Members of the Kennedy clan were summoned to the family's compound in Hyannis Port Tuesday night to say tearful farewells to the man remembered today as an icon of American politics but known to them as Uncle Teddy.
In keeping with a family tradition, they gathered around the bed of Sen. Ted Kennedy to pray.
The Rev. Patrick Tarrant, who was present with the family during those final hours, said he was impressed by Kennedy's spirituality and faith in his last moments.
The priest said family members were crying and that in his final moments Kennedy was "a man of quiet prayer."
"The truth is, he had expressed to his family that he did want to go," Tarrant told WCVB, ABC News' Boston affiliate. "He did want to go to heaven. He did want to die... He was ready to go.
"There was a certain amount peace -- a lot of peace, actually -- in the family get-together last night. I couldn't help but think that the world doesn't know that part of the senator at all," Tarrant said.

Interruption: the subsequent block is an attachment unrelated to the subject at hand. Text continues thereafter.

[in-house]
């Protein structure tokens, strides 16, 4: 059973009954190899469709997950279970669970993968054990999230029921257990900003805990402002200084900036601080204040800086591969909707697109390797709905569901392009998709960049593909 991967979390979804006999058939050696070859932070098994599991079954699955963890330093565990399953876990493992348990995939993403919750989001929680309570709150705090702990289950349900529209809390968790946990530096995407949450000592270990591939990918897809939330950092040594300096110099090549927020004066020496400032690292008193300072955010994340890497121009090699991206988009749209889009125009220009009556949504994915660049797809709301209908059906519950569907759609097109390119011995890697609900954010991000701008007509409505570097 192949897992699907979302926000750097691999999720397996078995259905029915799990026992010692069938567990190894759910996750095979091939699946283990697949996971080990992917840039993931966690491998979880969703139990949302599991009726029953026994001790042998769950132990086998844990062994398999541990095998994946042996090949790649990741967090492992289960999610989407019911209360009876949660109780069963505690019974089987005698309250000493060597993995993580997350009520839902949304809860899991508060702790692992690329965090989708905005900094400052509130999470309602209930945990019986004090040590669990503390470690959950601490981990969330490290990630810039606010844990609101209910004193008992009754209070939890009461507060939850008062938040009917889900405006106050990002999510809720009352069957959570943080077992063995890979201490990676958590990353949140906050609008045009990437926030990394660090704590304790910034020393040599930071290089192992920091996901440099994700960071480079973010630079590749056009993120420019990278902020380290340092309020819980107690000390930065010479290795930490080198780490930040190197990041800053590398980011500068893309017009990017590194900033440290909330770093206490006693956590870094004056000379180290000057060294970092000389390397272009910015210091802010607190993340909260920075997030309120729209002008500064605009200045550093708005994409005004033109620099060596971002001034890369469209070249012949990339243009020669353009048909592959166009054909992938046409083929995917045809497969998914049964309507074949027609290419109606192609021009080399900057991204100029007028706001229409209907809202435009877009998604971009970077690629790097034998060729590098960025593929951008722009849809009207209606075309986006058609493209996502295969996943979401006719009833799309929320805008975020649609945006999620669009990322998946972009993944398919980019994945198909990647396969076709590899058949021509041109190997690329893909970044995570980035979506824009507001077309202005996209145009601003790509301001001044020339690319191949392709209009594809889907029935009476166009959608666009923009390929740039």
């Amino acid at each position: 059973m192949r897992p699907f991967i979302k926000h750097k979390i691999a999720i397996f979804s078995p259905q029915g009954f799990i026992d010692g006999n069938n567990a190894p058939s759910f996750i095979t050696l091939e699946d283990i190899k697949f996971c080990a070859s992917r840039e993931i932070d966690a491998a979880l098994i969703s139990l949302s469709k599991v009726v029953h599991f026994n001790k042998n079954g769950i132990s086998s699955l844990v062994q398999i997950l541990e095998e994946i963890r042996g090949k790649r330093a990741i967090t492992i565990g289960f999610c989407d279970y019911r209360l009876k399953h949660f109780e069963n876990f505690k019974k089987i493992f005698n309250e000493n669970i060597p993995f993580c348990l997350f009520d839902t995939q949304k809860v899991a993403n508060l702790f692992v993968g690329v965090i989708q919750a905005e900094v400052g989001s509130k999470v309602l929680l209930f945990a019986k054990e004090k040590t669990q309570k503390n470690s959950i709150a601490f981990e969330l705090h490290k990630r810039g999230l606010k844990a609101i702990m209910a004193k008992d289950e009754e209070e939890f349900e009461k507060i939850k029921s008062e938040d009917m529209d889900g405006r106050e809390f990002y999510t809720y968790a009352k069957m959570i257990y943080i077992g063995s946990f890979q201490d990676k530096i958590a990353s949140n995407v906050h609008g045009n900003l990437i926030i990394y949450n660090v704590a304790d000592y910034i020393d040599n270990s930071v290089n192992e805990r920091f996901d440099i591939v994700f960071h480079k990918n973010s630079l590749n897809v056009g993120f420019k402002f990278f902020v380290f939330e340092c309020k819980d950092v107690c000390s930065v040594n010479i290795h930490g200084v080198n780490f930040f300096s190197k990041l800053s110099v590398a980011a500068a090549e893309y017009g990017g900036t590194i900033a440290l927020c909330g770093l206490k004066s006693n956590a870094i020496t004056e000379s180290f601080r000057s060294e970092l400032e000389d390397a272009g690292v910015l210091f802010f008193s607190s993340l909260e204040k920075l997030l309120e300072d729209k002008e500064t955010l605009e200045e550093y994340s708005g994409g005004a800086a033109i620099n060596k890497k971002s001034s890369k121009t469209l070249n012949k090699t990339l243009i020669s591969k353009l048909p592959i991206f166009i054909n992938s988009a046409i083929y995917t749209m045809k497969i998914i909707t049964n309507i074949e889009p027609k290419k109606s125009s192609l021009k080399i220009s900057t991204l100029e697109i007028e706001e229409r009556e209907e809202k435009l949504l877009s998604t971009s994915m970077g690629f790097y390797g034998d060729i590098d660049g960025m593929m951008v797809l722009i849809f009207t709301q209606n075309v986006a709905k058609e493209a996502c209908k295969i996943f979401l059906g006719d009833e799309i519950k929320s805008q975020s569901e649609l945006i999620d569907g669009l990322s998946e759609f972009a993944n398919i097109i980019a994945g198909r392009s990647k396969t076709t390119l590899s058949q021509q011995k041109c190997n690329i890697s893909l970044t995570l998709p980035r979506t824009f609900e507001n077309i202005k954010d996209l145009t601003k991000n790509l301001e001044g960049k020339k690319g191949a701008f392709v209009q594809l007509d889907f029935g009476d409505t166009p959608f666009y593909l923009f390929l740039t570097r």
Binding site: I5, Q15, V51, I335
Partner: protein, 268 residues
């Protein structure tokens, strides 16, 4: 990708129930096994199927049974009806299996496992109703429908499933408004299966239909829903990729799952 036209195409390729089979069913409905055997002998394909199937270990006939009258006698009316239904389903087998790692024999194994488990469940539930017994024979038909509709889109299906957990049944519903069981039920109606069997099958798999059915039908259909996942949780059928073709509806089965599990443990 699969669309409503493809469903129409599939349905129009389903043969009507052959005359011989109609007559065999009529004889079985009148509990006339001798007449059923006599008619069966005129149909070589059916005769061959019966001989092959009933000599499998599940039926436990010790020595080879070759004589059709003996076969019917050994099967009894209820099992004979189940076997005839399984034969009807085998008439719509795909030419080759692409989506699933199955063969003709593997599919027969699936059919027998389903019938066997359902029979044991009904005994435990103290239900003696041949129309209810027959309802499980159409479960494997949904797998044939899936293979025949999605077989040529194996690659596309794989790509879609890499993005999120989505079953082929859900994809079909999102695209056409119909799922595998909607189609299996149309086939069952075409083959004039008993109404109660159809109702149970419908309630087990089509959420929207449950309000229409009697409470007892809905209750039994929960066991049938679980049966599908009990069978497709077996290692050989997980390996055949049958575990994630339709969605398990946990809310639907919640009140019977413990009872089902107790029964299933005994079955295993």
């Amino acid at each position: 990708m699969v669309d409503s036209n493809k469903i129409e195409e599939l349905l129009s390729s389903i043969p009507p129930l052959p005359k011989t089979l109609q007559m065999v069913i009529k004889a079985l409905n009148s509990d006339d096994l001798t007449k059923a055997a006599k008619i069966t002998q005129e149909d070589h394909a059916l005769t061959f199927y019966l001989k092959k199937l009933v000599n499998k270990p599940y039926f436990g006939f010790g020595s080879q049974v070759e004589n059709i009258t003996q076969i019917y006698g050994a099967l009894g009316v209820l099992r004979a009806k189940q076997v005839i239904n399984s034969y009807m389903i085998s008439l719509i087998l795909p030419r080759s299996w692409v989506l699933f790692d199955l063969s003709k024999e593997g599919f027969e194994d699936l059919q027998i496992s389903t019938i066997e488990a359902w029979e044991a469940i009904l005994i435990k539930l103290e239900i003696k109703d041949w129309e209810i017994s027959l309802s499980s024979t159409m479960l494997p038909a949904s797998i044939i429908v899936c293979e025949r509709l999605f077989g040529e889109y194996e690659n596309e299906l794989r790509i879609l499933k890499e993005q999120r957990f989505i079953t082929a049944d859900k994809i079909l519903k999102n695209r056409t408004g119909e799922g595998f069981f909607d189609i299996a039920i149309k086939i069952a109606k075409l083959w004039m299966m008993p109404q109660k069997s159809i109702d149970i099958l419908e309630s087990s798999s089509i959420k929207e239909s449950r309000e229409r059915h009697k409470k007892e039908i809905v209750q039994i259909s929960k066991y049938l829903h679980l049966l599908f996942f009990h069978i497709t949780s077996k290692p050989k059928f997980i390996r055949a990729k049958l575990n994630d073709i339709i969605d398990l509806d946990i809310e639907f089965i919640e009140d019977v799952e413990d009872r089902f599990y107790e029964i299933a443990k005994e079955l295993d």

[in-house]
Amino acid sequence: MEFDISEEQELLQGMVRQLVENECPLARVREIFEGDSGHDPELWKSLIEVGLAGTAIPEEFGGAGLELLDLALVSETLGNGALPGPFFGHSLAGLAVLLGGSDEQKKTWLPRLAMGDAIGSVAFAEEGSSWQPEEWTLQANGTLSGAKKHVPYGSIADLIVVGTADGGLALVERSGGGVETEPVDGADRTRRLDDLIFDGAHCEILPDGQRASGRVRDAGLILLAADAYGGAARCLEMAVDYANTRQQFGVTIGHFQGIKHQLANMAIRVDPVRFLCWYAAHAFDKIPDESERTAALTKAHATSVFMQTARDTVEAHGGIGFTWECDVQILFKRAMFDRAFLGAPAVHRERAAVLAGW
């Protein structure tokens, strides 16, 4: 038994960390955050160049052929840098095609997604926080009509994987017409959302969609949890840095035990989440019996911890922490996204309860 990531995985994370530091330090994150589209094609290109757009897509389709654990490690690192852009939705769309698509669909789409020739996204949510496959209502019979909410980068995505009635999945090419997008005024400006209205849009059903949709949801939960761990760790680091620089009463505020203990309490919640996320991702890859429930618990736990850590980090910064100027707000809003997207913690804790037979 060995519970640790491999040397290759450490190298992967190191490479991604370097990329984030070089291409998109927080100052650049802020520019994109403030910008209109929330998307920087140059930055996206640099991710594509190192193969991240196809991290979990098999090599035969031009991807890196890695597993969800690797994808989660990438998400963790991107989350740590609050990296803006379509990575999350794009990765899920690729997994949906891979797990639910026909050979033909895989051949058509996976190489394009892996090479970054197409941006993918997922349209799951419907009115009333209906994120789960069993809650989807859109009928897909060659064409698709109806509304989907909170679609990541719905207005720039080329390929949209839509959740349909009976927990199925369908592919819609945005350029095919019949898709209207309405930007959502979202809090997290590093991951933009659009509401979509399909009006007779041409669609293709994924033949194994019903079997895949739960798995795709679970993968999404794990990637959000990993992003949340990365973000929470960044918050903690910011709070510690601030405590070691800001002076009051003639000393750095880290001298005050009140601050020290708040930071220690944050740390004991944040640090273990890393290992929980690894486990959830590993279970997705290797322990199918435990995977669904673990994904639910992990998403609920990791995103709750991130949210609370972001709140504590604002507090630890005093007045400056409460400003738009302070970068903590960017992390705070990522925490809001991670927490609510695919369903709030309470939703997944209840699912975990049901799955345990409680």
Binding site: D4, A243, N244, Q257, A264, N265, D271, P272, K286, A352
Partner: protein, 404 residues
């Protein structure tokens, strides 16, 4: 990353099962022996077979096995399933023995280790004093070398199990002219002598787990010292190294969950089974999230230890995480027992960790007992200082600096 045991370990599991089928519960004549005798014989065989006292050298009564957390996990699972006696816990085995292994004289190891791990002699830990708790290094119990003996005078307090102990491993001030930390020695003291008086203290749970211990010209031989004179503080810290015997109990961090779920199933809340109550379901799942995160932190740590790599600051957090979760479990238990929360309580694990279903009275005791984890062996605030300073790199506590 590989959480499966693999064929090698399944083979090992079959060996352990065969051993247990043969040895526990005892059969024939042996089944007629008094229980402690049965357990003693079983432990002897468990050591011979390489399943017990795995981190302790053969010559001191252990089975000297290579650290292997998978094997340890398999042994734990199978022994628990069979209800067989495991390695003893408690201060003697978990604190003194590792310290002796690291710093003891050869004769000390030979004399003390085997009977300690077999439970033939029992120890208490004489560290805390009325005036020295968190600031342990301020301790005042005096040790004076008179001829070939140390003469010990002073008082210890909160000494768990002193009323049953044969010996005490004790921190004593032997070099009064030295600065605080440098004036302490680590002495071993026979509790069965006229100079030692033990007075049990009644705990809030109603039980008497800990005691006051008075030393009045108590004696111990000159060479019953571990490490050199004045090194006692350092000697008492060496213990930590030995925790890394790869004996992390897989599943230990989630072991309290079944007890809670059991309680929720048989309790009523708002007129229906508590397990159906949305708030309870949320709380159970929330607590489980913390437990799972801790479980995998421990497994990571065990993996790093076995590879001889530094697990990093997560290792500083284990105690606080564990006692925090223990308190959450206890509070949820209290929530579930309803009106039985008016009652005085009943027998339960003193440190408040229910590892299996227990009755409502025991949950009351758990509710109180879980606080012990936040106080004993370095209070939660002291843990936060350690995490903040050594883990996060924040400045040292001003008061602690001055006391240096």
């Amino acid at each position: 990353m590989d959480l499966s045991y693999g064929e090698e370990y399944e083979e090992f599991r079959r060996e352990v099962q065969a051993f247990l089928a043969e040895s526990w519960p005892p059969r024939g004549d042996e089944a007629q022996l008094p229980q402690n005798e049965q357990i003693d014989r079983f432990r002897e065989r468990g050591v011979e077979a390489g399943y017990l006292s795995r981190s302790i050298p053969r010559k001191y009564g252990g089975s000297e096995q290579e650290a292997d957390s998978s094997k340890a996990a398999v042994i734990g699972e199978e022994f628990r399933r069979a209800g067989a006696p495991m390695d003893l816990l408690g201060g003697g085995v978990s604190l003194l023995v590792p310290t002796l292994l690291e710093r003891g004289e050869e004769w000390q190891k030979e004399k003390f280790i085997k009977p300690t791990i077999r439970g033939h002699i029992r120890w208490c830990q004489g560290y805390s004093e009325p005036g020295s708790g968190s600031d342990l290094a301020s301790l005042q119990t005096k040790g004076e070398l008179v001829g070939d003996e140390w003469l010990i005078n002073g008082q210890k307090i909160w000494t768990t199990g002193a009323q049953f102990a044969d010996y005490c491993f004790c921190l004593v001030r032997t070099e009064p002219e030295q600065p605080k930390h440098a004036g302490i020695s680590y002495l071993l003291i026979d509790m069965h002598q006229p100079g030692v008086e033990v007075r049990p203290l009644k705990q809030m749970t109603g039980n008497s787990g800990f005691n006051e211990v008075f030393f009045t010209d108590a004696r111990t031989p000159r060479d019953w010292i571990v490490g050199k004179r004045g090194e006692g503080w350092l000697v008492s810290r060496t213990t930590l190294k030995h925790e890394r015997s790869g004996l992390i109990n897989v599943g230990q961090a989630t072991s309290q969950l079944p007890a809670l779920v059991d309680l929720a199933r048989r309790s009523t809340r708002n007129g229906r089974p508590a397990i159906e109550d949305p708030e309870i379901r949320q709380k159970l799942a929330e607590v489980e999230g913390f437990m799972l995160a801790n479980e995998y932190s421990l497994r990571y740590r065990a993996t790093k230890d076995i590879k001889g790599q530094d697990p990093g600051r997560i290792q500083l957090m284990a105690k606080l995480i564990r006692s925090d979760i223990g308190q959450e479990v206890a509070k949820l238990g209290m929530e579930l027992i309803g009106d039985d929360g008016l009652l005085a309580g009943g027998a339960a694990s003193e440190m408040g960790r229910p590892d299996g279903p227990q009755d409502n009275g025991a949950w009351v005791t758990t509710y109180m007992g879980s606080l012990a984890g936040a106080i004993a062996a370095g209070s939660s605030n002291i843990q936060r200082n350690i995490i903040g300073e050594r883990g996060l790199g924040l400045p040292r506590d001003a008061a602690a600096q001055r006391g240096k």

He said Kennedy's wife Vicki, his children and other family members were there.
"They were there and they were very prayerful and reverent and of course, crying," Tarrant said. "Of course they were aware that the very sick, the sense of hearing is the last thing to go. So, whatever is said around the sick bed is always heard by the patient ... and they were very well aware of it. They let him know how much he was loved and cared for and missed. It was quite an experience, for me."
The Roman Catholic priest, who presides at Our Lady of Victory Church and has ministered to the family for years, was called to Kennedy's bedside when he took a "serious turn for the worse" between 9 and 10 p.m. Tuesday.
Kennedy died about 11:30 p.m. comforted by his family, he said.
"I was there last night when he died and the whole family were praying. They'd been praying all day, and it was a wonderful experience for me. I don't see it that often," Tarrant said. "It's commendable."
The reverend said he had seen the Kennedy family's religion at a death bed scene before and recalled how Ted Kennedy led a similar vigil at the bedside of his sister Eunice just two weeks ago.